Showing The Love

How to Continue Supporting the People Affected and Displaced by the Marshall Fire

Article by Lisa Van Horne

Photography by Poppy & Co. by Kelsey Huffer

Originally published in Boulder Lifestyle

News cycles tend to move fast. Especially over the past two years, it has often felt as if there is a near constant influx of new crises ready to come into the spotlight. But for the greater Boulder area and those affected by the Marshall Fire—especially the people permanently displaced by it—the recovery and rebuilding process will very much be the headlining reality for a long time to come.

Immediate response to the disaster within the community has been swift and ardent. From collaborative partnerships among local restaurants to offer free meals to evacuees to clothing drives, free personal care services and many more programs, people near and far have been eager to help. But it’s imperative to remember that the needs will continue to be great in the days, weeks, months and even years ahead.

What follows is a quick selection of organizations that people can donate to or engage with to assist those affected by the Marshall Fire. This list is by no means exhaustive—the outpouring of offers for support by the community continues to be a testament to the caring that Coloradans feel for their fellows. But for people looking to help as the needs of those affected evolve, here are a few options to consider.

Boulder County Wildfire Fund

Monetary donations are often the most tangibly impactful when it comes to supporting the people affected by a disaster. A versatile way to provide support, money gives people and organizations the flexibility to target specific needs and quickly adapt depending on timely realities and priorities in both the short- and long-term.

The Boulder County Office of Emergency Management is a trusted resource for identifying organizations to which people can donate to provide monetary assistance. It encourages people to visit to view donation options, including through the Community Foundation Boulder County and its Boulder County Wildfire Fund. This fund has seen tens of thousands of donors contribute and has committed to working with local government and nonprofits to disperse the funds to those in need as a result of the Marshall Fire.

Sister Carmen

The Sister Carmen Community Center in Lafayette—a staple local support organization for over 40 years—is another resource center that the Boulder County Office of Emergency Management recommends when it comes to making donations. Monetary and gift card donations are specifically requested, and needs for various types of limited physical donations are regularly updated on the organization’s website.

Mental Health Partners

Boulder County has been through a lot over the past year. And while the physical trauma of the Marshall Fire has been extreme, the mental toll must not be forgotten—especially as it’s been compounded by the immense stressors of the persisting effects of the global pandemic and other local events. Ensuring and supporting the mental well-being of those affected and displaced by the Marshall Fire is one of the many initiatives of Mental Health Partners, which is offering a number of services and resources in response. Its website outlines these various programs and provides options for donating.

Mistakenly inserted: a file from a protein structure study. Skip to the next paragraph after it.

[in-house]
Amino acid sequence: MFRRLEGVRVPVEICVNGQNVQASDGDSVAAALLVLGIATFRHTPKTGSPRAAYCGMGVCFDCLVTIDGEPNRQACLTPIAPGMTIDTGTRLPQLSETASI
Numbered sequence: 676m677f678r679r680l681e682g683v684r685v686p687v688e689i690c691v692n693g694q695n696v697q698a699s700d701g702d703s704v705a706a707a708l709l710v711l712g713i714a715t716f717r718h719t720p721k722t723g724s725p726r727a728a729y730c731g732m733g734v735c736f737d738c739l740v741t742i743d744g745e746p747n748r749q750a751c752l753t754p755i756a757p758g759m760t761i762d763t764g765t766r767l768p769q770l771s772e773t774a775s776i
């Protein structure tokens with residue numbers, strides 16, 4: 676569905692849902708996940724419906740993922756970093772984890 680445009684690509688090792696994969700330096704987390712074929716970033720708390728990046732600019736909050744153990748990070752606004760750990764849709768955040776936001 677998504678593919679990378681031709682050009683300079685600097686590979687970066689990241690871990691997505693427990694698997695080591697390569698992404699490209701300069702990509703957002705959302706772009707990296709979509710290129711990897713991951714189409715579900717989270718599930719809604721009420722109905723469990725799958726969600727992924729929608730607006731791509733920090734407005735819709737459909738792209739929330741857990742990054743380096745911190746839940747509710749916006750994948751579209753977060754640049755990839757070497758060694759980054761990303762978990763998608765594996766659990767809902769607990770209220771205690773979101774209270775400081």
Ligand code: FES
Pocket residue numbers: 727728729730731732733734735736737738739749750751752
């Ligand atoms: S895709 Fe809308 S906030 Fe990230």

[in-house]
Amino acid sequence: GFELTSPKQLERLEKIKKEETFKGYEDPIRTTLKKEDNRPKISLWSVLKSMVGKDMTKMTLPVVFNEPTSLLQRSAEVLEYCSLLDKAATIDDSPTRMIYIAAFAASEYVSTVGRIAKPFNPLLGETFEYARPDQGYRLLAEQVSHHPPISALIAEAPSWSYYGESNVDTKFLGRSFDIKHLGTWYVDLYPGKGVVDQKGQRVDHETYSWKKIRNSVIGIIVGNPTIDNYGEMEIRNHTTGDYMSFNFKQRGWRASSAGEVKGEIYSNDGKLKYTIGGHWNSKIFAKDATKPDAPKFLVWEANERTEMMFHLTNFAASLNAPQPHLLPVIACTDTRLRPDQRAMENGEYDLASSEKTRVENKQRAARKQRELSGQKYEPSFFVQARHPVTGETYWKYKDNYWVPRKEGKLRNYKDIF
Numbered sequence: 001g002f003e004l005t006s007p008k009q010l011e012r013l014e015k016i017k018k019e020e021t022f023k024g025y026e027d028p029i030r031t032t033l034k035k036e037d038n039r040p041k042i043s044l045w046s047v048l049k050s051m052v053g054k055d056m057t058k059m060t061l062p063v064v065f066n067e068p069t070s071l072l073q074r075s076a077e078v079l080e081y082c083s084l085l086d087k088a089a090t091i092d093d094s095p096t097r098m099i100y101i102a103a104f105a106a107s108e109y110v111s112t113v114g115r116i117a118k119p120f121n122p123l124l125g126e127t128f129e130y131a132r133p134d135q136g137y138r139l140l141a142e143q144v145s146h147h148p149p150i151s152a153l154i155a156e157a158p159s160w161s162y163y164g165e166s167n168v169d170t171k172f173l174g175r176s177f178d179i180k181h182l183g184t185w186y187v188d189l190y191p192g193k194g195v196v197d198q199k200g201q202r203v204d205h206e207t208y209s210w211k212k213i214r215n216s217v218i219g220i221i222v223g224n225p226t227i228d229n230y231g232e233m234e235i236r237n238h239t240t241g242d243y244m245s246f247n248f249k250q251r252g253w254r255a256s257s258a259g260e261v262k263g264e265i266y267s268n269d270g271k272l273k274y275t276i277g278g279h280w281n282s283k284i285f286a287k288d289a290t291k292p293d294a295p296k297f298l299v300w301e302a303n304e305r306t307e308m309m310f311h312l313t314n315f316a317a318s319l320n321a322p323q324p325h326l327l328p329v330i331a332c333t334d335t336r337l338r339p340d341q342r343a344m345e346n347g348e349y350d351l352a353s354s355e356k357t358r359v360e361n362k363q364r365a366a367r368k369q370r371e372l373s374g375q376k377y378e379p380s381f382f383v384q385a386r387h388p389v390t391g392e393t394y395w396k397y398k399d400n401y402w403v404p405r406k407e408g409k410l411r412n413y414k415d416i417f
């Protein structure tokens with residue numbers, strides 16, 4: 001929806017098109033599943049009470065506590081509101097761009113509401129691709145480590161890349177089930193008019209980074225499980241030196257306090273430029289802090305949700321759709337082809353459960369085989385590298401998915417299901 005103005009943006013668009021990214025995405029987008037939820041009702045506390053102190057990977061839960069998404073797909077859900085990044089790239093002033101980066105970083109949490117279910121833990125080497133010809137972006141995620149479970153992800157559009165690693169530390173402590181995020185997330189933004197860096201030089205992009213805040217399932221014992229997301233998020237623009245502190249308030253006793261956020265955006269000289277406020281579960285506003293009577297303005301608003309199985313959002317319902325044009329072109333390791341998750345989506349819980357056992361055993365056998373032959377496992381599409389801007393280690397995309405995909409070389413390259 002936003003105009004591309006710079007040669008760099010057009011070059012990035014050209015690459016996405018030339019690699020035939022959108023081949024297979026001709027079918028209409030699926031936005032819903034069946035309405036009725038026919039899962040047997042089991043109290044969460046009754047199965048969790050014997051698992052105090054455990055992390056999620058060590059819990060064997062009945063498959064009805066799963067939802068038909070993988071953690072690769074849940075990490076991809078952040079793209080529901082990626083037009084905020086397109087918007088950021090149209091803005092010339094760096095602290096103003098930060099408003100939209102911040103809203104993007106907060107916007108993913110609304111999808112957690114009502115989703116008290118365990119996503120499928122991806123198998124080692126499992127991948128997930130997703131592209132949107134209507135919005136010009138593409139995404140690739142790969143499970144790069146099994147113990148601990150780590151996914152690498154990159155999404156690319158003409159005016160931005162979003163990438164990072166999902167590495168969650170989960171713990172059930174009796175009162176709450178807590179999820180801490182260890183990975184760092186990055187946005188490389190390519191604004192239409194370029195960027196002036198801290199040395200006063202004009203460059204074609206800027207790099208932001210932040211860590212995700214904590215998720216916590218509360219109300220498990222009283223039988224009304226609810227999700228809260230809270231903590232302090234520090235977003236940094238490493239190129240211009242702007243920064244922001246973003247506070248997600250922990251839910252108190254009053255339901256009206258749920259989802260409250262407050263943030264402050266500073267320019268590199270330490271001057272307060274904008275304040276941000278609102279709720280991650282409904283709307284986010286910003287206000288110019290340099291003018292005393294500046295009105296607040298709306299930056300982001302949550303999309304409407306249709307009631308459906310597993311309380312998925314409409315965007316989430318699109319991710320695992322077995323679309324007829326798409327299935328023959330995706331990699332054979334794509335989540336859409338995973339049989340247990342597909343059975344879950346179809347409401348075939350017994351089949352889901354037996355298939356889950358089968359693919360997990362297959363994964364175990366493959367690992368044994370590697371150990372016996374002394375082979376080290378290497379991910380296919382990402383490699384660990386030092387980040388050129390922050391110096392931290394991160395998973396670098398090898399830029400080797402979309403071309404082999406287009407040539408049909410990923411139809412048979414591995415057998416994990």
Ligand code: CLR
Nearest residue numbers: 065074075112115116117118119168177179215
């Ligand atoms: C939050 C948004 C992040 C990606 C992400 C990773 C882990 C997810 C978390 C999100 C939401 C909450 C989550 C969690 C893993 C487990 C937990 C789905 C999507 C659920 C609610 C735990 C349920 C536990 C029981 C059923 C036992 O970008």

Impact on Education

More than 800 Boulder Valley School District students have been affected by the Marshall Fire, and Impact on Education has worked since the early days of the response to ensure that they have the supplies and support that they need to return to school. From backpacks and headphones to a host of other school supplies, this organization continues to work to equip local students—as well as the 50-plus affected district staff members—with the items to facilitate their well-being and educational success.

Housing Support

Finding housing will continue to be a challenge for those affected and displaced by the Marshall Fire. For people who are able to assist by offering accommodations, look into the Airbnb Open Homes Program to learn how to become a host. You can also engage with the Boulder Rental Homes Association to list a property available for lodging both for short- and long-term situations.

Helping the Helpers       

Countless local organizations and heroes played key roles in ensuring residents’ safety and providing crucial services both in the midst of and immediately after the Marshall Fire. From the Humane Society of Boulder Valley taking in lost pets and facilitating reunions to community centers opening their doors to evacuees to staff at Avista Adventist Hospital working to safely evacuate patients and many more, the list of crucial helpers goes on. Giving to these organizations is a great way to both help those affected by the fire (such as through the Centura Associate Financial Assistance fund) and to help these organizations continue to perform their vital work.

As long-term recovery needs continue to evolve and arise, people seeking to help can stay up-to-date on upcoming volunteer opportunities through organizations such as Team Rubicon and the American Red Cross. Those seeking to help can also visit the Colorado Response website for additional resources and information.

Helpful Links

·      Boulder County Office of Emergency Management:


·      Community Foundation Boulder County:

·      Sister Carmen Community Center:

·      Mental Health Partners:

·      Impact on Education:

·      Airbnb Open Homes Program:

·      Boulder Rental Homes Association:

·      Humane Society of Boulder Valley:

·      Centura Associate Financial Assistance Fund:

·      Team Rubicon:

·      American Red Cross:

·      Colorado Responds:

·      Boulder County Office of Emergency Management Wildfires Resources:

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